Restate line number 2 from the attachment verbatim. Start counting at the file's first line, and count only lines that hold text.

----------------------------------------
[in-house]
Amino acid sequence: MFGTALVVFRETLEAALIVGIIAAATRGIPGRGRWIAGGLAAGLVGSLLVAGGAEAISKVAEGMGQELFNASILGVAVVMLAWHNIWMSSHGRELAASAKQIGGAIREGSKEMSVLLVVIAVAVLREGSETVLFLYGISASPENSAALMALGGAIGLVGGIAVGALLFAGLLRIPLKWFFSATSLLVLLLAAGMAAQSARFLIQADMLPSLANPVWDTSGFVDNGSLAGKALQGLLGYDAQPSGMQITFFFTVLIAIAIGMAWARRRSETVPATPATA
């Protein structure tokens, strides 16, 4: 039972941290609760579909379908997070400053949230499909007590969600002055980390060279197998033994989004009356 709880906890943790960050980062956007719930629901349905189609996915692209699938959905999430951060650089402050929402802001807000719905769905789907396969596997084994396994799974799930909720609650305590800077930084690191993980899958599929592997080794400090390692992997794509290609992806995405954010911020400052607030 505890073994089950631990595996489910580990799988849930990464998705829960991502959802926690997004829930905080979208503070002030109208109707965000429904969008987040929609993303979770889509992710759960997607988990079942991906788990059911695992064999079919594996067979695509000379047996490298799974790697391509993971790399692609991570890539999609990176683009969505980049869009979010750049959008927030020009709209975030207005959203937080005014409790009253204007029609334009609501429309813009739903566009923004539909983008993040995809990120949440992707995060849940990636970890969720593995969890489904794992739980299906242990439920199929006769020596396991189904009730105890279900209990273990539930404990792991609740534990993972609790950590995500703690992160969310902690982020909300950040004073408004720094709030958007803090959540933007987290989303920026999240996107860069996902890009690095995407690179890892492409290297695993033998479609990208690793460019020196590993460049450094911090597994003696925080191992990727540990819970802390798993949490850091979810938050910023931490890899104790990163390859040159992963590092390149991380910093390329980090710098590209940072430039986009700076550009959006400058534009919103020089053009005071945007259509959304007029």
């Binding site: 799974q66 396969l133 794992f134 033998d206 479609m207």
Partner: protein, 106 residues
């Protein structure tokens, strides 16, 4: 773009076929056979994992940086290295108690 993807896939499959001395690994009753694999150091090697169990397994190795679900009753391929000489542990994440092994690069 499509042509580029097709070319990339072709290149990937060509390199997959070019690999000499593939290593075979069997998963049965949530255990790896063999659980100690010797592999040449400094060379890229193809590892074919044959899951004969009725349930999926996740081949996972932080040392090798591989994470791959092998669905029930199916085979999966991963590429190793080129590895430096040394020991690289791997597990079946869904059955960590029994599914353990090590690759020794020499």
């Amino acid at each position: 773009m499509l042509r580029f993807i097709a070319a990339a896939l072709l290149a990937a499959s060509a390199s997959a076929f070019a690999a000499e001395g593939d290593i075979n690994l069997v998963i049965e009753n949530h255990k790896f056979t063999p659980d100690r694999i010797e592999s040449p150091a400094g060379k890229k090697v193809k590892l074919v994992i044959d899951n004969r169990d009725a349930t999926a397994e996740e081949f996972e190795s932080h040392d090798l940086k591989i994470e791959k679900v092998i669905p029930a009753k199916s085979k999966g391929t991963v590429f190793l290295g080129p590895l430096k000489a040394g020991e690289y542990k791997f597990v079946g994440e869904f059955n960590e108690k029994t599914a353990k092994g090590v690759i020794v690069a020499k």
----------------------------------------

Amino acid sequence: MFGTALVVFRETLEAALIVGIIAAATRGIPGRGRWIAGGLAAGLVGSLLVAGGAEAISKVAEGMGQELFNASILGVAVVMLAWHNIWMSSHGRELAASAKQIGGAIREGSKEMSVLLVVIAVAVLREGSETVLFLYGISASPENSAALMALGGAIGLVGGIAVGALLFAGLLRIPLKWFFSATSLLVLLLAAGMAAQSARFLIQADMLPSLANPVWDTSGFVDNGSLAGKALQGLLGYDAQPSGMQITFFFTVLIAIAIGMAWARRRSETVPATPATA